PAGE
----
Carol our Christmas, an upside-down Christmas:
snow is not falling and trees are not bare.
Carol the summer, and welcome the Christ Child,
warm in our sunshine and sweetness of air.
Sing of the gold and the green and the sparkle,
water and river and lure of the beach.
Sing in the happiness of open spaces,
sing a nativity summer can reach!
Shepherds and musterers* move over hillside,
finding, not angels, but sheep to be shorn;
Wise ones make journeys, whatever the season,
searching for signs of the truth to be born.
Rightside-up Christmas belongs to the universe,
made in the moment a woman gives birth;
Hope is the Jesus gift, love is the offering,
everywhere, anywhere, here on the earth.
(*musterers are ranch hands who round up livestock. The photo is my lovely husband, Dave, in Dunedin's Botanic Garden in December. If you'd like to receive email updates when I post on this blog, go to "subscribe" in the right hand column.)
Saturday December 20 2014
(On her Godspace blog, Christine Sine has an Advent series this year answering the questions: Who do I want to bring to the manger? Who might otherwise be excluded? Here's what I wrote in response to her invitation. The photo is my husband, Dave, on a Christmas hike in Dunedin, New Zealand, on the top of Flagstaff, 666 meters or 2185 feet.)
Who do I want to bring to the manger this Christmas? Who might otherwise be excluded or ignored? Here’s my somewhat odd answer: my body.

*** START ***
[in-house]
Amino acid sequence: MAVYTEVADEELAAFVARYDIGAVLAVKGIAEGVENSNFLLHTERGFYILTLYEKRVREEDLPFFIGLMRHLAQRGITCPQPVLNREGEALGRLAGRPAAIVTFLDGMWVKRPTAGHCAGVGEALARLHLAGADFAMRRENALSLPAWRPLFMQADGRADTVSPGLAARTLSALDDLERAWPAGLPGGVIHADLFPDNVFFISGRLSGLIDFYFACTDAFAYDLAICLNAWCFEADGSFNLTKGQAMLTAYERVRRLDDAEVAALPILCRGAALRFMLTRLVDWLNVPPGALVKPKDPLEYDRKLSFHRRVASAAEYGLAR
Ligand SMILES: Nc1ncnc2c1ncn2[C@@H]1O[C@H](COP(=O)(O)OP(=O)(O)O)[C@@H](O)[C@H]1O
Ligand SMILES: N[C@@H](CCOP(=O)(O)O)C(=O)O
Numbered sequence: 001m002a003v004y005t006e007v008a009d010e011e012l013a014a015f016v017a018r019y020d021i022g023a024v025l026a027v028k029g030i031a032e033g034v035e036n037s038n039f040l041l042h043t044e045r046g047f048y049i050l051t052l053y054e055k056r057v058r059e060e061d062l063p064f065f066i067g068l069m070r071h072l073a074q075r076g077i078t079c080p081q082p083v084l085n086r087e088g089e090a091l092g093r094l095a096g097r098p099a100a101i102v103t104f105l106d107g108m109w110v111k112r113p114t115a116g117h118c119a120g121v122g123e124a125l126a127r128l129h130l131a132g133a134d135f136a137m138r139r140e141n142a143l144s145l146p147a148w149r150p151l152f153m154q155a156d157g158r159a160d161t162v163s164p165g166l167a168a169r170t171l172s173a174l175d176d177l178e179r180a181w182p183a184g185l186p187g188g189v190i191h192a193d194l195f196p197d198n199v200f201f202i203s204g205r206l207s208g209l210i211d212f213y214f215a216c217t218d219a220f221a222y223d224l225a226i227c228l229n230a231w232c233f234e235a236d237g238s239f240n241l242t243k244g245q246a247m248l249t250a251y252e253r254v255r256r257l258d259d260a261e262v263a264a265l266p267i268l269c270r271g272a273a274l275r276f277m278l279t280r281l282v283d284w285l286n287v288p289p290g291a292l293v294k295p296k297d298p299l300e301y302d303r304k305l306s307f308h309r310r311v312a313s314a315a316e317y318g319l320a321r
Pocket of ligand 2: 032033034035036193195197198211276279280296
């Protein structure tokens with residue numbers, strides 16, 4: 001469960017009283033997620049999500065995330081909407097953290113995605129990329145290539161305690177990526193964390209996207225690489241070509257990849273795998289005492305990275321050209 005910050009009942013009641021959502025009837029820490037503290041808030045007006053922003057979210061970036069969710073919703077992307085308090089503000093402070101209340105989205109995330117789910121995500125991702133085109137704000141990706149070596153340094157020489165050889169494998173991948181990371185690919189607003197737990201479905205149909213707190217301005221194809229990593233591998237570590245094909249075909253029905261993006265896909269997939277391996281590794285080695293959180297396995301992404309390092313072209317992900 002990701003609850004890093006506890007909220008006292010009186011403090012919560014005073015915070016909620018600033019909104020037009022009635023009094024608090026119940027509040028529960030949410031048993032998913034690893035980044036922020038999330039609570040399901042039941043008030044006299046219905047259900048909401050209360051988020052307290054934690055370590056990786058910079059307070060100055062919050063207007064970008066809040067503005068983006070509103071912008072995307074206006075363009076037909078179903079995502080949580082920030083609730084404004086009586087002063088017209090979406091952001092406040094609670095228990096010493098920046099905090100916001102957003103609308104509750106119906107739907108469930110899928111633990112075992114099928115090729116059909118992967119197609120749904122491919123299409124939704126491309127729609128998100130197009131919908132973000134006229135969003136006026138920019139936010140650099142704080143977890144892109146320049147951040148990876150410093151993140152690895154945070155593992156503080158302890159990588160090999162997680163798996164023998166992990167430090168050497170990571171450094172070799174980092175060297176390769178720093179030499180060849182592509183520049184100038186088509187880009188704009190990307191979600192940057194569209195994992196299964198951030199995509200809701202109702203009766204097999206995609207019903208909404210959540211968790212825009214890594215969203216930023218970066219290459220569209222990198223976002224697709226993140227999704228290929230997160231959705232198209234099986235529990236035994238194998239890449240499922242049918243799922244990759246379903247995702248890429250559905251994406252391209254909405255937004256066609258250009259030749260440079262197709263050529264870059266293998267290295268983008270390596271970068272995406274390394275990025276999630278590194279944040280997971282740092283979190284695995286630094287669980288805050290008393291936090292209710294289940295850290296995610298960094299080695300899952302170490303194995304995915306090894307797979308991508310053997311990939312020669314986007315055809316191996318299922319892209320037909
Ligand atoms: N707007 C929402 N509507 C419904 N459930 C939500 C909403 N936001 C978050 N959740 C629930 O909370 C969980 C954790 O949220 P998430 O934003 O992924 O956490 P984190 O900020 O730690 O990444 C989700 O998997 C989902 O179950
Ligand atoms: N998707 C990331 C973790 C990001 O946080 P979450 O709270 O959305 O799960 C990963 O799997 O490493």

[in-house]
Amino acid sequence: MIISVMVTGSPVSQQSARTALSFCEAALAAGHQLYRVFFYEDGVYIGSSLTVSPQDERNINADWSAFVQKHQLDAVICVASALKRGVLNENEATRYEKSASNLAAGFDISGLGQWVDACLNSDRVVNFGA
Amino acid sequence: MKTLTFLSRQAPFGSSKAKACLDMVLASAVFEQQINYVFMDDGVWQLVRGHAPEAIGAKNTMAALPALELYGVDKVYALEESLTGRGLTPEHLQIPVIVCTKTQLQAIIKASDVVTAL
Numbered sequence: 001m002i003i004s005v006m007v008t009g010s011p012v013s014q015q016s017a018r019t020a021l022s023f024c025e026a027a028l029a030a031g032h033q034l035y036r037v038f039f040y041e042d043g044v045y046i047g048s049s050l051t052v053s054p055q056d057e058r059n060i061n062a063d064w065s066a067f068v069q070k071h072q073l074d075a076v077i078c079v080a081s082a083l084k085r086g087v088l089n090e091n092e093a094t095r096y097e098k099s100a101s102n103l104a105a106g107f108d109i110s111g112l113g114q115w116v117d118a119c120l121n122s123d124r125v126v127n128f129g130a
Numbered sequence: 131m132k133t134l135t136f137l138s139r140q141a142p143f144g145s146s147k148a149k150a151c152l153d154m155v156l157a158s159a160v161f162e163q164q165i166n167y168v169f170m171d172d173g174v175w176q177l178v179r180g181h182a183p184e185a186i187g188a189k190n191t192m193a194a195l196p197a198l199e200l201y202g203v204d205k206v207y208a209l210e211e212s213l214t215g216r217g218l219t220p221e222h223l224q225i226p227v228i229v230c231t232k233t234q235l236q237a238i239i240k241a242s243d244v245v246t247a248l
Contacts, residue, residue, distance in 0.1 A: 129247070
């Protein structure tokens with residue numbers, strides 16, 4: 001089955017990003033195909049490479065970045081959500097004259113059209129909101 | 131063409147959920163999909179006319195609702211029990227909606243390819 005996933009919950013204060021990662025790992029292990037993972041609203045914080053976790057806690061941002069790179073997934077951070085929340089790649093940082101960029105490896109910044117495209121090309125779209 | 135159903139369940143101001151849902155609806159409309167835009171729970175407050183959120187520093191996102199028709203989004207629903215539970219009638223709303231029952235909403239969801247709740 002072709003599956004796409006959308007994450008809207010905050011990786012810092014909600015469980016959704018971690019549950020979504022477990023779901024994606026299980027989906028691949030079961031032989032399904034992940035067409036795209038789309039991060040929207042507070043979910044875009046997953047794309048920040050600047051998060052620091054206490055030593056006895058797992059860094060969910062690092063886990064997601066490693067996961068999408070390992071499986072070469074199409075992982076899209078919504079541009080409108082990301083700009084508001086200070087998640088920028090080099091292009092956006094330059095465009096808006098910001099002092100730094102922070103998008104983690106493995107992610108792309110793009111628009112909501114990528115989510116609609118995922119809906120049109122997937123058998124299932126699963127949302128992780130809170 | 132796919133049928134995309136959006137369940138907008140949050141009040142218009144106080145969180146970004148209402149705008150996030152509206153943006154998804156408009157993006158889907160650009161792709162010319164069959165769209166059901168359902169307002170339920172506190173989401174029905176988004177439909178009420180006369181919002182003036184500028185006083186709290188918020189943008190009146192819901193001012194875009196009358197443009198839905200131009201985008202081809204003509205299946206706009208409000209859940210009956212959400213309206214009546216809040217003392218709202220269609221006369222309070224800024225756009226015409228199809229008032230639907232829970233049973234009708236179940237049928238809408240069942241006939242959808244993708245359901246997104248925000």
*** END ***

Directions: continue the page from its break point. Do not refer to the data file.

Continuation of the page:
Of course, my body isn’t actually separate from myself, but sometimes it feels like it is. Part of that comes from the Christian emphasis on spiritual things. Our redemption in Christ often seems to be more focused on our souls and spirits rather than on our bodies. Another part of my sense of separation from my body comes from my struggles with weight my whole life, which have often contributed to a view of my body as a bit of an enemy rather than as a beloved part of myself.
My conviction that Advent and Christmas are a good time to focus on the significance of our bodies in God’s grand story comes from living in the Southern Hemisphere for the past few years. This Advent is my seventh in New Zealand.
I come from Seattle, where Advent evenings are pitch dark before 5 pm. Here in Dunedin during December, there is still light in the sky at 10 pm. In New Zealand, the red and green colors of Christmas take new forms: strawberries, local zucchini and red peppers cooked together, and lettuce from our garden paired with bright red tomatoes. These are healthy, light foods. Favorite activities of New Zealanders during Advent and Christmas include walking on beaches and hiking in the mountains, sailing and surfing, gardening and strolling among the roses in the Botanic Garden. Here, our physical bodies are not smothered in heavy sweaters and down coats during Advent and Christmas. Bodies seem alive and real this time of year, nurtured by healthy food and lots of physical activity.